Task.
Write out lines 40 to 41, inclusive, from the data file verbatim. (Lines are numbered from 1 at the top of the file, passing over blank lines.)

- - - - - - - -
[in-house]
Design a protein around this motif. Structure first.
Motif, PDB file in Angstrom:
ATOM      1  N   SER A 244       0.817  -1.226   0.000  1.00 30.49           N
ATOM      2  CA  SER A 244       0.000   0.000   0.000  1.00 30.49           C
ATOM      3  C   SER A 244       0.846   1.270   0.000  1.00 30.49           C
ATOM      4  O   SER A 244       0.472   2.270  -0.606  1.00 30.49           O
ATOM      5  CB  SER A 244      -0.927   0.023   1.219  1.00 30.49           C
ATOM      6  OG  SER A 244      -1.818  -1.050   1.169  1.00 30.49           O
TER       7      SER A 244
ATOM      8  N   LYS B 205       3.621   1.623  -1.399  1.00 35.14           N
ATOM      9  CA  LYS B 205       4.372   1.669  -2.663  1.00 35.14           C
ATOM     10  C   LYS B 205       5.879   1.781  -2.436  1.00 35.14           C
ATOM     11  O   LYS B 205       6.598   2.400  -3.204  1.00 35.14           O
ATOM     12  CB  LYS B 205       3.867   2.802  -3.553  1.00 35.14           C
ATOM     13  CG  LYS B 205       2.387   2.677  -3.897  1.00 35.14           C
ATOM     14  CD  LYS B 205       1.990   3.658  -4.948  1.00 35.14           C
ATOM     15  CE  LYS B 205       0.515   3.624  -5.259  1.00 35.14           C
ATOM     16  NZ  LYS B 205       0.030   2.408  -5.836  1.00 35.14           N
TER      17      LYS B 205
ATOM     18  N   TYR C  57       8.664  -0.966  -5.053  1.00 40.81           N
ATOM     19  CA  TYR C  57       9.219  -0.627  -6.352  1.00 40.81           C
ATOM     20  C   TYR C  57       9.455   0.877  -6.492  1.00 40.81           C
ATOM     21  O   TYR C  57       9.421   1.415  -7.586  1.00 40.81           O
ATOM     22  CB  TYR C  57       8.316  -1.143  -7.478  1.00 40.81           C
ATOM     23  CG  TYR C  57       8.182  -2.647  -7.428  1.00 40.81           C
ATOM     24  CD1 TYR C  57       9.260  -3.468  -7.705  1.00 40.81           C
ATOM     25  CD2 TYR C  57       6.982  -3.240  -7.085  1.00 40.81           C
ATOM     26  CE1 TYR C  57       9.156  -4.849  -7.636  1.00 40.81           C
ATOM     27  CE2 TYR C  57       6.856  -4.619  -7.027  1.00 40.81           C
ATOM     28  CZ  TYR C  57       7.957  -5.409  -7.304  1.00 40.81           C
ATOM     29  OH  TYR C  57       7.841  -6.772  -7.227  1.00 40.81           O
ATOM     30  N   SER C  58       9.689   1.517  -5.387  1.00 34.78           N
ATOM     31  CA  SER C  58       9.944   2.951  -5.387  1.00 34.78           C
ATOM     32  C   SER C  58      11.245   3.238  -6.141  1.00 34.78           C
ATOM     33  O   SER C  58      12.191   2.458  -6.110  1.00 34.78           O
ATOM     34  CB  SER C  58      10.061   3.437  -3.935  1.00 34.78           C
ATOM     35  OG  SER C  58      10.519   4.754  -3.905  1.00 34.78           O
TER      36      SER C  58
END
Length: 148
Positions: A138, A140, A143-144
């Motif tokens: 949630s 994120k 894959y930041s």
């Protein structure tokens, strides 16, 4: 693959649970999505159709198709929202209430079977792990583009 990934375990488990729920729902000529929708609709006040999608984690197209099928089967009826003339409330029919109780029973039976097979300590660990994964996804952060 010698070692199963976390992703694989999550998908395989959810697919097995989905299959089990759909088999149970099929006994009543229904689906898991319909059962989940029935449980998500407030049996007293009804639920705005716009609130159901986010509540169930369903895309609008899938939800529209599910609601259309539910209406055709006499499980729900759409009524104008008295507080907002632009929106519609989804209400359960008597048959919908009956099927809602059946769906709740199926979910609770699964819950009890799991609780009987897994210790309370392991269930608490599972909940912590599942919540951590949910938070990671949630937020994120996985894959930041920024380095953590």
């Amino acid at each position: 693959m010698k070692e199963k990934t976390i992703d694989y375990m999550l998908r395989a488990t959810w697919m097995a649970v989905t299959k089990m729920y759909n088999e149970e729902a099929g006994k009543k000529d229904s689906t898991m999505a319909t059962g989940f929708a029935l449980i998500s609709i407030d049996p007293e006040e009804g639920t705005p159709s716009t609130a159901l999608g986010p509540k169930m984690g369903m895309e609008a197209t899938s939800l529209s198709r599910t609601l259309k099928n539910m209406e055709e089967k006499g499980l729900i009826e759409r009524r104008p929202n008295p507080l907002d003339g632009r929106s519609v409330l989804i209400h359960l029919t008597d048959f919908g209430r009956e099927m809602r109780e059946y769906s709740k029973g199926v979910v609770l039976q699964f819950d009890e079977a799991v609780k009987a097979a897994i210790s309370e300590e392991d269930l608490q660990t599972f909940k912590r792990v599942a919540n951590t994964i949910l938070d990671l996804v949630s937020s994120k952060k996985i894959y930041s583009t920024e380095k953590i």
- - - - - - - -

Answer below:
END
Length: 148